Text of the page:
Boonen also explained that a small mechanical in the final sprint prevented him from obtaining a higher placing, possibly outsprinting Alessandro Petacchi. "I couldn't get the chain on the 11," he recalled, speaking of the moment when he was on Petacchi's wheel in the last few hundred metres of the Via Roma. "It's the third time this has happened this year. But for me it was better that Pozzato won. I could sense that Milram was losing, as the panic was so great that Zabel went to the front 1500 metres from the finish and drove himself right out of it."
Meanwhile, Petacchi's high-profile domestique Erik Zabel - himself a four times winner of the event - viewed that last bit of the famous Italian spring classic as a perfect moment of teamwork instead of insisting on the defeat. "Three kilometres before the line [Petacchi] said that he felt super," Zabel told German Radsportnews. "So we rode for him immediately. It worked out really well between us, except for the fact that Pozzato went off the front..."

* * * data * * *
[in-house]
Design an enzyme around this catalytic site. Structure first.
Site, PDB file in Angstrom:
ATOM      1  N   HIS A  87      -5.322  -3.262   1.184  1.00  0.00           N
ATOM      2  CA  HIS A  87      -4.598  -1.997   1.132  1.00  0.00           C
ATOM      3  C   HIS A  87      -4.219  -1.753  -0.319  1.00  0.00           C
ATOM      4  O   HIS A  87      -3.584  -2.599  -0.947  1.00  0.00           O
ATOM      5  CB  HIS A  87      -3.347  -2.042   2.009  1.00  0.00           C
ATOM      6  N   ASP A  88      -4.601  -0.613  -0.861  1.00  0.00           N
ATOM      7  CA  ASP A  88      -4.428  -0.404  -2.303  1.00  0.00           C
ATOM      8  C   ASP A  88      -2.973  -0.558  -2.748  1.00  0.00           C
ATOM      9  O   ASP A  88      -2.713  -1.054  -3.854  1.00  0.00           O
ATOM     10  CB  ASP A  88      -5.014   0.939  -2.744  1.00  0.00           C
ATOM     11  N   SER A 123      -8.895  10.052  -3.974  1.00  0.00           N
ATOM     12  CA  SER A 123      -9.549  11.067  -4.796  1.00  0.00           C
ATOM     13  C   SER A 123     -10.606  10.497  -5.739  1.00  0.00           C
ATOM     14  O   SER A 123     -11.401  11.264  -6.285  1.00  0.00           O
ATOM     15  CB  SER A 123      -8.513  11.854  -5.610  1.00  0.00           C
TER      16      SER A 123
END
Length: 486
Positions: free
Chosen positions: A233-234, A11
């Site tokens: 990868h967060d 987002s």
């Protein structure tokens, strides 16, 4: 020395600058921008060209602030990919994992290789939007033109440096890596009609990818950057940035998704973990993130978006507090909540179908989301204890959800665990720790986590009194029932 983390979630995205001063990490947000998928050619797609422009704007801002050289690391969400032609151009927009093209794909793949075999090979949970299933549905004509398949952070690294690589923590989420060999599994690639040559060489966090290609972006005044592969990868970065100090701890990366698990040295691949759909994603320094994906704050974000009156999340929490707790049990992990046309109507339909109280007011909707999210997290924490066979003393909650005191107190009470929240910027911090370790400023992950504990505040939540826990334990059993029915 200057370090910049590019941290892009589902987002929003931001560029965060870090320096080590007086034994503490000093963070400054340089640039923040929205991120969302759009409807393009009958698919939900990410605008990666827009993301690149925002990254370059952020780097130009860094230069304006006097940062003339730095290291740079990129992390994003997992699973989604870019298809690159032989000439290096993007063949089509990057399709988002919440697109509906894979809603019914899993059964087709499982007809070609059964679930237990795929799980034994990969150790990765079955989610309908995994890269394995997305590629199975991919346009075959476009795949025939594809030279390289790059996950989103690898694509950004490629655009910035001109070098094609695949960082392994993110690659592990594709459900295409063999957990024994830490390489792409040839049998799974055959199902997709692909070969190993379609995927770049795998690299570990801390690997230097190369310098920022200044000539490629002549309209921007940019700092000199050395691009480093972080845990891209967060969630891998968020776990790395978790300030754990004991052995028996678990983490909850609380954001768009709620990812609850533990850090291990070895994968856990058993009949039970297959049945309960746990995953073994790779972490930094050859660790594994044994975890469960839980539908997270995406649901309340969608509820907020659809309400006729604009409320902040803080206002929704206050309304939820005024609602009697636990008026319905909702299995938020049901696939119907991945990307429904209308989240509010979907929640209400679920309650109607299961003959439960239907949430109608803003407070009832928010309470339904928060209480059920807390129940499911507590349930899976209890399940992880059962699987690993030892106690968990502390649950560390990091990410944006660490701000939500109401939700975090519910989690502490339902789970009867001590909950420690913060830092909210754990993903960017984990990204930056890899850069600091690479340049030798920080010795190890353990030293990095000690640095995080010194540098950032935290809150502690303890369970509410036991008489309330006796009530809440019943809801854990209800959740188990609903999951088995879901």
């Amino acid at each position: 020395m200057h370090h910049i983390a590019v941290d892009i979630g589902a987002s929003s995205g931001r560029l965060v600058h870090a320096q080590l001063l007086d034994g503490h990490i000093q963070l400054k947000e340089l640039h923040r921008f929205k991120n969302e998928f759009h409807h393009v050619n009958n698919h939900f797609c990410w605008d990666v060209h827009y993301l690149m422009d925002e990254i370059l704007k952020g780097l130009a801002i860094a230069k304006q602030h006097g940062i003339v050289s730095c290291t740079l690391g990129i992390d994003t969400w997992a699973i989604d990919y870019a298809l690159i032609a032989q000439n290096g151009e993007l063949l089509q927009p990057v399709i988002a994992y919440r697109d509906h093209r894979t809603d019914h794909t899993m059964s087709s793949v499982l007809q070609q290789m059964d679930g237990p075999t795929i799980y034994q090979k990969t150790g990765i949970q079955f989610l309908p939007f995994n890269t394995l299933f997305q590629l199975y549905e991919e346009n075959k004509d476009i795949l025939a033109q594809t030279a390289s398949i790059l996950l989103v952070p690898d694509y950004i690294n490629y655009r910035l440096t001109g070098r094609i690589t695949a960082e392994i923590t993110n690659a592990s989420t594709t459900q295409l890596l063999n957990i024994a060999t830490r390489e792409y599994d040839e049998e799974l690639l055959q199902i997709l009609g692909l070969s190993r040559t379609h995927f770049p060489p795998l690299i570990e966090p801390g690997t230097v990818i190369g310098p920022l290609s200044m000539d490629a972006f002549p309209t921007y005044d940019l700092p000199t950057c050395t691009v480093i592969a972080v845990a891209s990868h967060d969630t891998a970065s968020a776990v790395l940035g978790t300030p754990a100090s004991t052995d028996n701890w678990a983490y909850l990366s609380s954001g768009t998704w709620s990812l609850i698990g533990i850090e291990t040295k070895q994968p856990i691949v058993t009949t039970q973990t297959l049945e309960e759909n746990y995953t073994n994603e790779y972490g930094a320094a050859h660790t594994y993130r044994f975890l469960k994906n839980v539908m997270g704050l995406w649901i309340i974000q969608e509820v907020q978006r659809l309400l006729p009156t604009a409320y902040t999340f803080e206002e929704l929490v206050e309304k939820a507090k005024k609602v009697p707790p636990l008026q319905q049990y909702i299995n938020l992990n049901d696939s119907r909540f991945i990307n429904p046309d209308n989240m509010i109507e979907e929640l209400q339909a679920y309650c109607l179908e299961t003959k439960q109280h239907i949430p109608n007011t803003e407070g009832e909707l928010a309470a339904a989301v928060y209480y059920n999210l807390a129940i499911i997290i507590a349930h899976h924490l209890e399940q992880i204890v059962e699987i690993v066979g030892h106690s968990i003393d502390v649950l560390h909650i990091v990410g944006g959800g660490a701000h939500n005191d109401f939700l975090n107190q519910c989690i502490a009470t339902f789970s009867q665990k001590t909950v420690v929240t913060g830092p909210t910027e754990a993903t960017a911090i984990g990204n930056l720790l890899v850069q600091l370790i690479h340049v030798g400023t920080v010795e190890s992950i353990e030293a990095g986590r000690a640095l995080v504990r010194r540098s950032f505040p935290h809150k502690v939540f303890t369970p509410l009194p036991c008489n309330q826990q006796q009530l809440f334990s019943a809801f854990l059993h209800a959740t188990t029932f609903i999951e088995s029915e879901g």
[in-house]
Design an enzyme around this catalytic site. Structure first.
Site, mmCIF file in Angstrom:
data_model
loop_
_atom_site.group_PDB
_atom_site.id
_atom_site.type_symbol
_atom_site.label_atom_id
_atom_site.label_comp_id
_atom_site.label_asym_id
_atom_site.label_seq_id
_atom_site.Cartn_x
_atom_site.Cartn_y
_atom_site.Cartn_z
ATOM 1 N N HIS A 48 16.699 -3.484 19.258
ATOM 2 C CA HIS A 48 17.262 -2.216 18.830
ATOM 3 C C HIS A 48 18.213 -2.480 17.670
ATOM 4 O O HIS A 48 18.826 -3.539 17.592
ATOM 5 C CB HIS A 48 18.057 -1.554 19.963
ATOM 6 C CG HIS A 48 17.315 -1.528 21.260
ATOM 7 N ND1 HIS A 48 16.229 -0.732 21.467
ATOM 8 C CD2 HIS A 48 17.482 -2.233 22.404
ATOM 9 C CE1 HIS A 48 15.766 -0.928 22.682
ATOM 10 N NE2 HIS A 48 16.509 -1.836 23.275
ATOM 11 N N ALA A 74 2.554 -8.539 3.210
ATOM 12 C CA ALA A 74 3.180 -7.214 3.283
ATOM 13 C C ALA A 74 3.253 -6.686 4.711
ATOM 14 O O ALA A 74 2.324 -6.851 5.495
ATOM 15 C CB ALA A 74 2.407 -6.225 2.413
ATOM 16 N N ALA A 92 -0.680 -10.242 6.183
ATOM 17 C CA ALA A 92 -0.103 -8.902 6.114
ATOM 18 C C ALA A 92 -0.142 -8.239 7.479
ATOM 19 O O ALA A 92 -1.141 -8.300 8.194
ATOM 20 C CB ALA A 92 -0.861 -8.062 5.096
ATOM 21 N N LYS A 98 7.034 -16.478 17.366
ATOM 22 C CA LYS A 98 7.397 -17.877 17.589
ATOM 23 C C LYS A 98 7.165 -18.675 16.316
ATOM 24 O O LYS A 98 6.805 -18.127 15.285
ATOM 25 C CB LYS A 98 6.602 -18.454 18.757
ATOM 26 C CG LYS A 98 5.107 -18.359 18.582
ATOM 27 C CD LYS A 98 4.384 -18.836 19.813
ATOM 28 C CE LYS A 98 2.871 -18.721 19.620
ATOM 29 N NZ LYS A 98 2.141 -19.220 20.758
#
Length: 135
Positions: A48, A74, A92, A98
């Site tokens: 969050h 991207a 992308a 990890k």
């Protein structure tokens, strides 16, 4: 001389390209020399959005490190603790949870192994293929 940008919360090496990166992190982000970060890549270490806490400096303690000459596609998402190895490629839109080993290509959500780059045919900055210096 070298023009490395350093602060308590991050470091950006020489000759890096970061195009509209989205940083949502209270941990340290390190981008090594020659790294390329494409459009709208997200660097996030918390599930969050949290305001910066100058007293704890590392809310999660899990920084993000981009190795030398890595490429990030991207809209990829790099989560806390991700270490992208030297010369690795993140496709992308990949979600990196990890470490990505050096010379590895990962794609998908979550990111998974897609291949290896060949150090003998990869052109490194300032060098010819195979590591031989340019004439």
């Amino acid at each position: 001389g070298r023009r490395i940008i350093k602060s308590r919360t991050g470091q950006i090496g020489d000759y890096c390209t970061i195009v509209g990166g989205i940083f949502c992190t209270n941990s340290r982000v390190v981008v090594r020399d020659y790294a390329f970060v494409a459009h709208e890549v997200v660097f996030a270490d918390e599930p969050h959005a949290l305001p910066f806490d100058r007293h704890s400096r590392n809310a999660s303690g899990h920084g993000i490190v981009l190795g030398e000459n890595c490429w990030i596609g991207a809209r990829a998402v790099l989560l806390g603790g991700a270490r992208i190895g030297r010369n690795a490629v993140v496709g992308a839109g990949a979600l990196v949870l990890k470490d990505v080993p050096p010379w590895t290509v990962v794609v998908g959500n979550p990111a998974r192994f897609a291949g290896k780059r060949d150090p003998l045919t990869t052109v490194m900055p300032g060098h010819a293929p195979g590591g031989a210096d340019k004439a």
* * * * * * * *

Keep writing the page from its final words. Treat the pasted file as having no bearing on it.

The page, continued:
His teammate and last year's winner Alessandro Petacchi would have liked more Milram men around him on the last climb, the Poggio. "Cortinovis and Den Bakker were gone before the finale," he told Belgian Sportwereld. "I had counted on them in the Poggio nonetheless." But then, 'Ale-Jet' was very satisfied with the work that had been done for him, even though it did not result in victory. "I think the squad did an excellent job; we pulled the race all the way from Milan," Petacchi told tuttobiciweb. "We were really strong; we had the responsibility on our shoulders and did everything to win. Before the Poggio, I tried to save Sacchi, Velo and Zabel for the finale, but had to sacrifice Sacchi and Velo. In the finale, Sacchi and Zabel gave their all again for me, but just couldn't do more. I was stronger than last year; I felt really well, but missed that little bit of luck to win. But to see Zabel work for my victory is the greatest satisfaction."